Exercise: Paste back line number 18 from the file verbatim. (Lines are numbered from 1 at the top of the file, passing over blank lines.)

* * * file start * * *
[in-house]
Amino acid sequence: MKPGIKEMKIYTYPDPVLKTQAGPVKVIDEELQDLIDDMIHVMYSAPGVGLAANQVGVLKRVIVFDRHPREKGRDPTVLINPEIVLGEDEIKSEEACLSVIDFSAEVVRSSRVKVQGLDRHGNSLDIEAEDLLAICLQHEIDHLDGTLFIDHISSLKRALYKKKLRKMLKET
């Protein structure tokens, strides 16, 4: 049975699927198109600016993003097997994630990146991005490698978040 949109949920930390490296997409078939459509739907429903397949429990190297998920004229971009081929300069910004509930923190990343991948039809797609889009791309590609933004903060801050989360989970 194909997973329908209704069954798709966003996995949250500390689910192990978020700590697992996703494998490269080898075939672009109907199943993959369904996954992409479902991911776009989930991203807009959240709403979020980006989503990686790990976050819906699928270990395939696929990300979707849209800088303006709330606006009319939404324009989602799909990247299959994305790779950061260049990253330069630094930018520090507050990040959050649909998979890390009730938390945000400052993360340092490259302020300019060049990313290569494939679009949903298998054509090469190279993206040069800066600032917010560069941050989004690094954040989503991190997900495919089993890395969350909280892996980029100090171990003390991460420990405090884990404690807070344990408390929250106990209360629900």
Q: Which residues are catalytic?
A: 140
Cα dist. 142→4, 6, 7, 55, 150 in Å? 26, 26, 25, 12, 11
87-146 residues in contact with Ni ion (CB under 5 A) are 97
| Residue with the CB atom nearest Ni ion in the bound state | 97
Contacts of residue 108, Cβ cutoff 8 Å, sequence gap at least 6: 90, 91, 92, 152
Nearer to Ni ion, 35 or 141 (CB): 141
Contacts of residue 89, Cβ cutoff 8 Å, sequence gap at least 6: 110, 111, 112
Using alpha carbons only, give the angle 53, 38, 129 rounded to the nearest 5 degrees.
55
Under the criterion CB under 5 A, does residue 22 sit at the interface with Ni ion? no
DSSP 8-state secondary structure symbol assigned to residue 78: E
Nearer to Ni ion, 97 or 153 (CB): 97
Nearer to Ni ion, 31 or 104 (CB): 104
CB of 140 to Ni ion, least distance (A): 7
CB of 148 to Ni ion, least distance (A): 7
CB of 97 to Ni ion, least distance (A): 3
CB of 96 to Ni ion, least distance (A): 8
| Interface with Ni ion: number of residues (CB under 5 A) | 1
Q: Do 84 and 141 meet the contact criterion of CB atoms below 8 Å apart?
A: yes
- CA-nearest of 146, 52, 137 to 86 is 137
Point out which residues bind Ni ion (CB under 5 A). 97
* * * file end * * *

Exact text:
CB of 140 to Ni ion, least distance (A): 7